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The sound of doors

The sound of closing doors chimes the passage of time in an old house, it marks the weather of our day. When the library door slams shut it means the westerlies have risen, they are the winds that blew the sugar trade, and Europe and Africa to the Americas. When the cupboard doors blow open it means the weather has changed, the winds clocking to the south and blowing up off the Caribbean Sea, bringing hot air and thunder.

The sound I remember the most was my mother’s leaving her bedroom, her door pulling to, the click of the old brass latch and the sounds of her heels on the steps as she descended the stairwell to the second door that opened into the sitting room where we welcome our guests.

For over three hundred years this house has been a gathering place, and when the house is quiet, I sit in the great room and imagine the conversations that have been held through the centuries. I imagine the walls can talk and if I am still enough I can hear them.

December marks the return of the Christmas winds and the holiday buzz; and the New Year comes with new faces and old friends. Growing up in a hotel, mother always told us that the world comes to our doors. It’s only the wind that ever knocks, guests come and go like friends. So I am always listening, interpreting the sounds of the winds and guests arriving.

And always at this time of year, I imagine I hear my mother’s footsteps coming down from her room to wish us all Happy New Year.

Caribbean Strong – Nevis

Nevis was very fortunate, we suffered minimal damage. The ancient saman tree in the town square was blown over, a few other trees have been lost and our beaches have been strangely rearranged but it is nothing that can’t be repaired with time and tide. With village names like Hardtimes and Burden Pasture, Nevis has known many challenges.We are not strangers to the storm.

Don’t You Agree?

After a trip away, I’ve just returned to these sweet charms of Nevis, the warmth of hospitality and the embrace of friends.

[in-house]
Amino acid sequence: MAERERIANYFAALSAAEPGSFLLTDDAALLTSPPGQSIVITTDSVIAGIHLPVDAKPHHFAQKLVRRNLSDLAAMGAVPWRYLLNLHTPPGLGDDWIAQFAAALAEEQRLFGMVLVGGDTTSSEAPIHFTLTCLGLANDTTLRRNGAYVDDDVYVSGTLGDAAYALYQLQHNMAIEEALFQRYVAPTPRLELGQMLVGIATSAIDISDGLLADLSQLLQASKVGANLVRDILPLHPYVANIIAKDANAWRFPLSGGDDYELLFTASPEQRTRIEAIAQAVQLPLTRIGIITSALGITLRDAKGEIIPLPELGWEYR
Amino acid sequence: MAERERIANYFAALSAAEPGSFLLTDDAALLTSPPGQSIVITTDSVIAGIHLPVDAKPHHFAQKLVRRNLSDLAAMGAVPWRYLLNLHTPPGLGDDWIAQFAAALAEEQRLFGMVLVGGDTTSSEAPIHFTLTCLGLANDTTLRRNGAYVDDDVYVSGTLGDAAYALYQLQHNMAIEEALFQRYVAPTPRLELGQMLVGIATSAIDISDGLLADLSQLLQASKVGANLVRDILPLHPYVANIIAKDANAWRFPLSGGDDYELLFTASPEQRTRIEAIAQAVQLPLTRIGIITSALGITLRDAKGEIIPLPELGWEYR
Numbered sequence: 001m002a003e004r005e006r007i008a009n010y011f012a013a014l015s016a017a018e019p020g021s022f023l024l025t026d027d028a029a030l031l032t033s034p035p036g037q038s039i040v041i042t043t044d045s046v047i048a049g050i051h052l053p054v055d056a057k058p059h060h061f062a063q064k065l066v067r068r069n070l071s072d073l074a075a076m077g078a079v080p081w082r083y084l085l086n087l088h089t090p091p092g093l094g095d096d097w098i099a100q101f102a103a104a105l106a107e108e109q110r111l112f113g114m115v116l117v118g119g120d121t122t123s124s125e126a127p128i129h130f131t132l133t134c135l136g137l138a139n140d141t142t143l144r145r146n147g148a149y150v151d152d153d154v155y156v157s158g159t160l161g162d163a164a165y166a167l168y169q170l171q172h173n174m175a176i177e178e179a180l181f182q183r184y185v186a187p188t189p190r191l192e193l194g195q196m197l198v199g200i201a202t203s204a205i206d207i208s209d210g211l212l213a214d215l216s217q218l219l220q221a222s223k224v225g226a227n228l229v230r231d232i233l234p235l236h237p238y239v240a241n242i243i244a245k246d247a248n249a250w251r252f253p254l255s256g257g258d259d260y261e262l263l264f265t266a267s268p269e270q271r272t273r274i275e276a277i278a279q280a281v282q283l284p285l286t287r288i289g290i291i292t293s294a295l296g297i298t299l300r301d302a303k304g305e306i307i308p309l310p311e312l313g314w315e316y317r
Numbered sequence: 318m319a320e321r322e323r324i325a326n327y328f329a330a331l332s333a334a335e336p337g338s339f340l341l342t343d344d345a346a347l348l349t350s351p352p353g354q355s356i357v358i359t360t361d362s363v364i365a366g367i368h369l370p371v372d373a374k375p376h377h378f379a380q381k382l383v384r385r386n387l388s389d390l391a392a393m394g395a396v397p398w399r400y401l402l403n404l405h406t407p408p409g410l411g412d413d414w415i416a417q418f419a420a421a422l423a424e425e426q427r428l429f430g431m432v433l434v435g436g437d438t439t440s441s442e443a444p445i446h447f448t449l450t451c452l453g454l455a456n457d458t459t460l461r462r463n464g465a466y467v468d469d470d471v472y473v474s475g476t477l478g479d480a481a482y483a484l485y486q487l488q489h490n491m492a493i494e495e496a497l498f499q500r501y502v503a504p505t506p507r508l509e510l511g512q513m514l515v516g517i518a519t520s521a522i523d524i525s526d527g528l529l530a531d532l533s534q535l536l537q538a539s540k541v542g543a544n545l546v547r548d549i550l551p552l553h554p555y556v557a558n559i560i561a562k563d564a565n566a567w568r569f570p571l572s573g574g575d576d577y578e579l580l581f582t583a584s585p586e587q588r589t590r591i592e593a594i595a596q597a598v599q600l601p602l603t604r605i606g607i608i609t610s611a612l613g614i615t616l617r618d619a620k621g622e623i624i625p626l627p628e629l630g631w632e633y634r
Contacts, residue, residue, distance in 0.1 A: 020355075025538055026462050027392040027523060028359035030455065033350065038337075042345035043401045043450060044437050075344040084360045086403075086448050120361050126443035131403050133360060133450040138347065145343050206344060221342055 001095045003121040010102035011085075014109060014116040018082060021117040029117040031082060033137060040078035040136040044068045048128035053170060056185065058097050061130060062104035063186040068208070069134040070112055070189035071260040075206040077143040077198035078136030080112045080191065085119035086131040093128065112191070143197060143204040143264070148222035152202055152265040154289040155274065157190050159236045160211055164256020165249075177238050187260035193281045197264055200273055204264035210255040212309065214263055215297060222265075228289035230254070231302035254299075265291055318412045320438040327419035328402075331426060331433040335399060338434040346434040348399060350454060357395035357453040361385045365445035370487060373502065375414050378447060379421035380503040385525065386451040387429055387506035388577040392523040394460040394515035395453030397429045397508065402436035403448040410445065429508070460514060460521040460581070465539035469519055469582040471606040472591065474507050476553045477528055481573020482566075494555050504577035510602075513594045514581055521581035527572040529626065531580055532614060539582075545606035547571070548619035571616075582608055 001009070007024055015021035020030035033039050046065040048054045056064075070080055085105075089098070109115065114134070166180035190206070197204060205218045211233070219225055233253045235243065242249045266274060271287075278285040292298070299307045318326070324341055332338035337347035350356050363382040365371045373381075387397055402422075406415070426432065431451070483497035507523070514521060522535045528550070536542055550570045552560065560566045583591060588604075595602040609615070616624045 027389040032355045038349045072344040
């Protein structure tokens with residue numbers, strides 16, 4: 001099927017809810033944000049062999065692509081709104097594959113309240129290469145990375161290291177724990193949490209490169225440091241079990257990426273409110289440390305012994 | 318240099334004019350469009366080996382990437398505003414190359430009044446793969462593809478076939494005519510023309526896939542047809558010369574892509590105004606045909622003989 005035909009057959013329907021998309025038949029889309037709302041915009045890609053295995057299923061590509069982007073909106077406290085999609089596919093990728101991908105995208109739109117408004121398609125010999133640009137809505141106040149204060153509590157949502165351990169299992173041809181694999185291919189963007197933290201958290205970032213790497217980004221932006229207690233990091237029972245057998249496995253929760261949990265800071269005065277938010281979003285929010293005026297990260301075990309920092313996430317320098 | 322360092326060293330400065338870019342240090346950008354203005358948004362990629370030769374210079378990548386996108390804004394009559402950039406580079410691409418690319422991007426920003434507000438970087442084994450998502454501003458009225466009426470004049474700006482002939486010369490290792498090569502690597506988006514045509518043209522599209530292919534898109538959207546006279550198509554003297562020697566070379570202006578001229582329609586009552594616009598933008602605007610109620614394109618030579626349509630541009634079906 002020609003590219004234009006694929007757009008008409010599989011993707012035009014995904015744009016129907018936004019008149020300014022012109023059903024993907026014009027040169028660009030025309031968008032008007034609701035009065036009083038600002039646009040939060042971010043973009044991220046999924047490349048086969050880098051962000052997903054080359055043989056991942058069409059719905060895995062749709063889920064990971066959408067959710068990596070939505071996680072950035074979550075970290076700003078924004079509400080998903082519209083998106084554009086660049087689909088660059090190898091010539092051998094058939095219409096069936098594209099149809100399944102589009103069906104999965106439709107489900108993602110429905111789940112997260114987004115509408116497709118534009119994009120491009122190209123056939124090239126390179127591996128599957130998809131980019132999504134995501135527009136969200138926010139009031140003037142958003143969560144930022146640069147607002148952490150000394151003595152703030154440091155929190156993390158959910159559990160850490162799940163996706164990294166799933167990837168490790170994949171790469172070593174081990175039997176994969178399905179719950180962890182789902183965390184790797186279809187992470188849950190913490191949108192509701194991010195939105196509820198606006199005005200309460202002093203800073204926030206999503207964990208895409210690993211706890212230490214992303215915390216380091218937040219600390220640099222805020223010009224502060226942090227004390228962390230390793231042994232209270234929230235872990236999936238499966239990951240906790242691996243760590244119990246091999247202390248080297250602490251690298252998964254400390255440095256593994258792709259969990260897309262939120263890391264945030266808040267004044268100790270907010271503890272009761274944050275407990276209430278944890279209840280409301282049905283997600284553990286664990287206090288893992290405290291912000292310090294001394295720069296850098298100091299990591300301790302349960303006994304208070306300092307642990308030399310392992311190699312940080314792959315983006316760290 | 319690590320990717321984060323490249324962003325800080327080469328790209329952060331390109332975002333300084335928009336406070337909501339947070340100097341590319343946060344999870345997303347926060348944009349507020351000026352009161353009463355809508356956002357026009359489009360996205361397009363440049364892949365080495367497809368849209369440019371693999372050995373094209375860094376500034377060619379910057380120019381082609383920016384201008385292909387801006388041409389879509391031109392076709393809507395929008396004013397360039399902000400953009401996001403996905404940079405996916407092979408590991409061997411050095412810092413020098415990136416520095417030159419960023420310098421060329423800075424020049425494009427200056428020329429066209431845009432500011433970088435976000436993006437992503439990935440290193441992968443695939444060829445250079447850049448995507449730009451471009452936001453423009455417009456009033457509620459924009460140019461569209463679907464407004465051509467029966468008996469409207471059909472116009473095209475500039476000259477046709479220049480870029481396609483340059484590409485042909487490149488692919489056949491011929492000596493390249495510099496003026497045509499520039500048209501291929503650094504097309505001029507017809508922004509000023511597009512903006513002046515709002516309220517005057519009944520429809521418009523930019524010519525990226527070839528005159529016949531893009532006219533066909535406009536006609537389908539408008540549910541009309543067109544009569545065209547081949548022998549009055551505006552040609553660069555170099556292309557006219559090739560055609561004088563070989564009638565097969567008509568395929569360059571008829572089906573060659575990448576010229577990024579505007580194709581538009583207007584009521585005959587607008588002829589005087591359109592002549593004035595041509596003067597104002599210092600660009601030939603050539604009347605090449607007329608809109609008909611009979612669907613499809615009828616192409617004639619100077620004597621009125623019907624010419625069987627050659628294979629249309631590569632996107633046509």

My Nevis Perspective

The best way to survive as a hotelier on a remote island with difficult logistics is with patience and a sense of humor.

Hermitage Newsletter December Edition

Interestingly, a celebrity magazine shoot shared the property with a crew of geothermal miners. We can’t say which group was the more tantalizing and filled us with anxious delight at the possibility of unearthing a deeply hidden treasure.

Experience of the Caribbean

Some days are clear Caribbean skies and placid, turquoise, clear seas that reflect the frigate birds and passing clouds; some days are faded yellow from the Sahara dust that drifts across the Atlantic, some days are rain, hard bullet-like tropical rain...

Covered in vines

There are little wooden houses on the island of Nevis and many are covered in vines. They were built 100 hundred years ago, in a tradition that was handed from master carpenter to apprentice, one generation to the next. Their beams are pegged together with...

The Pink House History

My mother lives in a Pink House, the house that we built for her mother, my grandmother, who we called Muzzy.

The Ocean’s View

Where the water meets the shore is the edge of the world, either in the rough collision of waves against rocks that tells the story of resistance and erosion or in the soft lapping and gentle wash that dresses the sand, with a fringe of foam like lace. The...

Leave Her As She Is

Over coffee in the mornings he spoke about it, at the bar in the evenings he promised to restore it. 

Summer days

The summer time is true to the heart of island living, with fewer tourists and expats, the buzz of visitors subsides. The days are longer and the nights are cool and refreshing. We spend more time in the evenings sitting outside, and I find myself looking...

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